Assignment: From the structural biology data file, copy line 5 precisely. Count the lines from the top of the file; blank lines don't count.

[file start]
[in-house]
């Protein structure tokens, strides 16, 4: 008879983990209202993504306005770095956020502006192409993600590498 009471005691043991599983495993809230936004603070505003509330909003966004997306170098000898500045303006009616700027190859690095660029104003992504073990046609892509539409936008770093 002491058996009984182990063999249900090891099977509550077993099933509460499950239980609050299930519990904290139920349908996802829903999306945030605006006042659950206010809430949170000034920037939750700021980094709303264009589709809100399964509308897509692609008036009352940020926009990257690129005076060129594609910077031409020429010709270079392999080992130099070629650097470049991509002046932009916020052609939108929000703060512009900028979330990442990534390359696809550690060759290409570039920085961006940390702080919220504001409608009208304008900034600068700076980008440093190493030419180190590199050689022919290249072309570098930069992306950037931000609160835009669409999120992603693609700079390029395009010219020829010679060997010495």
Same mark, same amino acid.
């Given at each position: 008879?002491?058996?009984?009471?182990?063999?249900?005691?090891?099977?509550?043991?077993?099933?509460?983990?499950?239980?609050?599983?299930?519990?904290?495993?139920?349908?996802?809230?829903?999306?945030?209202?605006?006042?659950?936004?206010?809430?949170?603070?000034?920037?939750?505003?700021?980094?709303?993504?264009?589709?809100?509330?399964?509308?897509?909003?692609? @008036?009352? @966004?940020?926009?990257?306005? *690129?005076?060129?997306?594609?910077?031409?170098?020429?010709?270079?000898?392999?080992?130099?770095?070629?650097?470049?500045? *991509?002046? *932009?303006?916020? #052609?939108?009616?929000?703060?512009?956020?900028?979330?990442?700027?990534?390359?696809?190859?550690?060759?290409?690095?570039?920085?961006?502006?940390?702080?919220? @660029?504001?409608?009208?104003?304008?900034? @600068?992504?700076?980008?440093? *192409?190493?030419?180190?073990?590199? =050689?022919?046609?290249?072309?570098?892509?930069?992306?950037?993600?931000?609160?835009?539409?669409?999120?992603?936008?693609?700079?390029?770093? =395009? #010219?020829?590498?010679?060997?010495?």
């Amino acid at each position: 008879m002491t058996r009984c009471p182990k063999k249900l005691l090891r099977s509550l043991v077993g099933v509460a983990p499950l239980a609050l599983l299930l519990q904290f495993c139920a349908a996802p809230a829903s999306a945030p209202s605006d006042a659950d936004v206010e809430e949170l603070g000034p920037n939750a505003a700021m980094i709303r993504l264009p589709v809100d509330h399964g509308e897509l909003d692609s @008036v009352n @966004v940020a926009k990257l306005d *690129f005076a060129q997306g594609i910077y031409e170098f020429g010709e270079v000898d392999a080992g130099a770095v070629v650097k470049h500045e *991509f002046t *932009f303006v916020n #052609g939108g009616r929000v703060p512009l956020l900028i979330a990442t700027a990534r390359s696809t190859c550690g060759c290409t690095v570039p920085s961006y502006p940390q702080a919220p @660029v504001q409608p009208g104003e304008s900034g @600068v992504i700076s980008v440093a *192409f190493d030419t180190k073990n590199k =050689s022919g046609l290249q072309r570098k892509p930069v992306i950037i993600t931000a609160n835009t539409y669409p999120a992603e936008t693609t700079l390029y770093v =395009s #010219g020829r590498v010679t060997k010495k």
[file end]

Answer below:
């Amino acid at each position: 008879m002491t058996r009984c009471p182990k063999k249900l005691l090891r099977s509550l043991v077993g099933v509460a983990p499950l239980a609050l599983l299930l519990q904290f495993c139920a349908a996802p809230a829903s999306a945030p209202s605006d006042a659950d936004v206010e809430e949170l603070g000034p920037n939750a505003a700021m980094i709303r993504l264009p589709v809100d509330h399964g509308e897509l909003d692609s @008036v009352n @966004v940020a926009k990257l306005d *690129f005076a060129q997306g594609i910077y031409e170098f020429g010709e270079v000898d392999a080992g130099a770095v070629v650097k470049h500045e *991509f002046t *932009f303006v916020n #052609g939108g009616r929000v703060p512009l956020l900028i979330a990442t700027a990534r390359s696809t190859c550690g060759c290409t690095v570039p920085s961006y502006p940390q702080a919220p @660029v504001q409608p009208g104003e304008s900034g @600068v992504i700076s980008v440093a *192409f190493d030419t180190k073990n590199k =050689s022919g046609l290249q072309r570098k892509p930069v992306i950037i993600t931000a609160n835009t539409y669409p999120a992603e936008t693609t700079l390029y770093v =395009s #010219g020829r590498v010679t060997k010495k």